The village is on the line of Stane Street Roman road, which changes direction here, leaving the modern A29 road which has followed it from Capel, to head south west to Bignor and Chichester. The Sussex Greensand Way from Lewes joined Stane Street here and remains of a Roman way station or mansio have been found.
The paintings date from the early 12th century. They survived by being covered by plaster until uncovered in 1866.
The painters used colours made from locally available materials — red and yellow ochre, lime white, carbon black and a green from copper carbonate.
The paintings are in two tiers on each wall and originally had inscriptions describing the scenes above them. One if these can still be seen on the east wall of the nave.
In the late 18th century a canal tunnel was built on the Arun Navigation to avoid a large loop of the River Arun. The railway line from Pulborough to Midhurst passed over the tunnel, and when the canal closed the railway company broke into the tunnel and filled that part of it under the rails with chalk.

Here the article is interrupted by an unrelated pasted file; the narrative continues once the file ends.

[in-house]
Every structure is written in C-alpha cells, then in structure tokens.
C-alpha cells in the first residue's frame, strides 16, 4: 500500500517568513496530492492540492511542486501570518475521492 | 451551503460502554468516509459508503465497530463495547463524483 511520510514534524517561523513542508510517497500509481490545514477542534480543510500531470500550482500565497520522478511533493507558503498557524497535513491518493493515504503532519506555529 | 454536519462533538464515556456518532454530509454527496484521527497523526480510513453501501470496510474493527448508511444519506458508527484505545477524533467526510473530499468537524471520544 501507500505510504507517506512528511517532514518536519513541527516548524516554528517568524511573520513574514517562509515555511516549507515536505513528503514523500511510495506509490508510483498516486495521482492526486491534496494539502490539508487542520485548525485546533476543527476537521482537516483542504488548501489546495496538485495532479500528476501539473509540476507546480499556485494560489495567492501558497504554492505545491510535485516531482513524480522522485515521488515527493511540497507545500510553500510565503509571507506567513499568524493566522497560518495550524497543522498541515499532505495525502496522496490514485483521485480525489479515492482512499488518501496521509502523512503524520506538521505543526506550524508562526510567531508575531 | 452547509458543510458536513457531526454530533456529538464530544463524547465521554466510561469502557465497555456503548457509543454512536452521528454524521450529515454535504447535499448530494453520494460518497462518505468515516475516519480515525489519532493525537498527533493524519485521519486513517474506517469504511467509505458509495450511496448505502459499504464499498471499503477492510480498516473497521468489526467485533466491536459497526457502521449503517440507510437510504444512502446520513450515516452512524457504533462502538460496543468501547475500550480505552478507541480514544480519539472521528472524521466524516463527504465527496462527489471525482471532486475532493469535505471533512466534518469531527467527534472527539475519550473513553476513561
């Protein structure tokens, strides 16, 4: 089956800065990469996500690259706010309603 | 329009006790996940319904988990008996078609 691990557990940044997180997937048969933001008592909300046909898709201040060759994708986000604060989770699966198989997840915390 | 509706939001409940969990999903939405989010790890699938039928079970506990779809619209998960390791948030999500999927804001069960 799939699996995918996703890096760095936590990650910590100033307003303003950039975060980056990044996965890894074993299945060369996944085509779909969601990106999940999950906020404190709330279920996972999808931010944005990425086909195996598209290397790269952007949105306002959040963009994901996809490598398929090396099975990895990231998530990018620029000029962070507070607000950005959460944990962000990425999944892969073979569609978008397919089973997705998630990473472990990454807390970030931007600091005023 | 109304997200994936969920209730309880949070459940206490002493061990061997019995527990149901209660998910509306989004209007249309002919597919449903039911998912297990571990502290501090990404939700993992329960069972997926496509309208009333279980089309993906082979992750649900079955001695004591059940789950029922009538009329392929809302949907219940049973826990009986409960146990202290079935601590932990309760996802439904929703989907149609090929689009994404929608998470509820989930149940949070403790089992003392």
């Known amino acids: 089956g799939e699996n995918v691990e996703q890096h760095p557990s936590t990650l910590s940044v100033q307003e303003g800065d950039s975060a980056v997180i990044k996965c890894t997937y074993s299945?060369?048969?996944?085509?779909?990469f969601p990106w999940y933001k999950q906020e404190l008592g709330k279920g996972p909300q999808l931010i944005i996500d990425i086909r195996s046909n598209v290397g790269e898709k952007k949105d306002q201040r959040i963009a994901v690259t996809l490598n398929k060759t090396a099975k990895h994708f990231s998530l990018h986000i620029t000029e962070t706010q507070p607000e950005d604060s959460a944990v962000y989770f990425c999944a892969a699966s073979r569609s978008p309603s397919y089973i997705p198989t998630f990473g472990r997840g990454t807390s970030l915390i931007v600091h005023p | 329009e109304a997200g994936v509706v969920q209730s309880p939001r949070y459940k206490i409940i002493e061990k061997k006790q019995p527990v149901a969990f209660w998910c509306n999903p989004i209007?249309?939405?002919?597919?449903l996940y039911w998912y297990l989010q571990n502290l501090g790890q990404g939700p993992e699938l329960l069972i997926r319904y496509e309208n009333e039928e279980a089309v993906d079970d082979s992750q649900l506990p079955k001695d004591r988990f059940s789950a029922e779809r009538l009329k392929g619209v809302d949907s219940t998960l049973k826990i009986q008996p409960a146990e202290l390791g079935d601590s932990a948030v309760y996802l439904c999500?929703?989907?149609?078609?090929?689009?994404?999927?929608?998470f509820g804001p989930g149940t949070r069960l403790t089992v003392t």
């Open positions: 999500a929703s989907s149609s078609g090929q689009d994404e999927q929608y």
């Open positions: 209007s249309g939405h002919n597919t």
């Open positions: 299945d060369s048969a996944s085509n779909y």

- Roman Britain website
- Vincent, Alex (2000). Roman Roads of Sussex. Middleton Press. p. 31. ISBN 1-901706-48-6.
- Anonymous (2007). Hardham: Its History and its Church (Revised ed.). Hardham: Hardham Church.
- Hardham Church; Courtauld Institute of Art (1994). St. Botolph's Church, Hardham, West Sussex: The Wall Paintings. Hardham: Hardham Church.
- Page, William H, ed. (1973). A History of the county of Sussex, Volume 2. Victoria County History. pp. 74–75.
- Vine, P.A.L. (2000). The Arun Navigation. Images of England. Tempus Publishing Limited. pp. 76–82. ISBN 0-7524-2103-4.
Media related to Hardham at Wikimedia Commons
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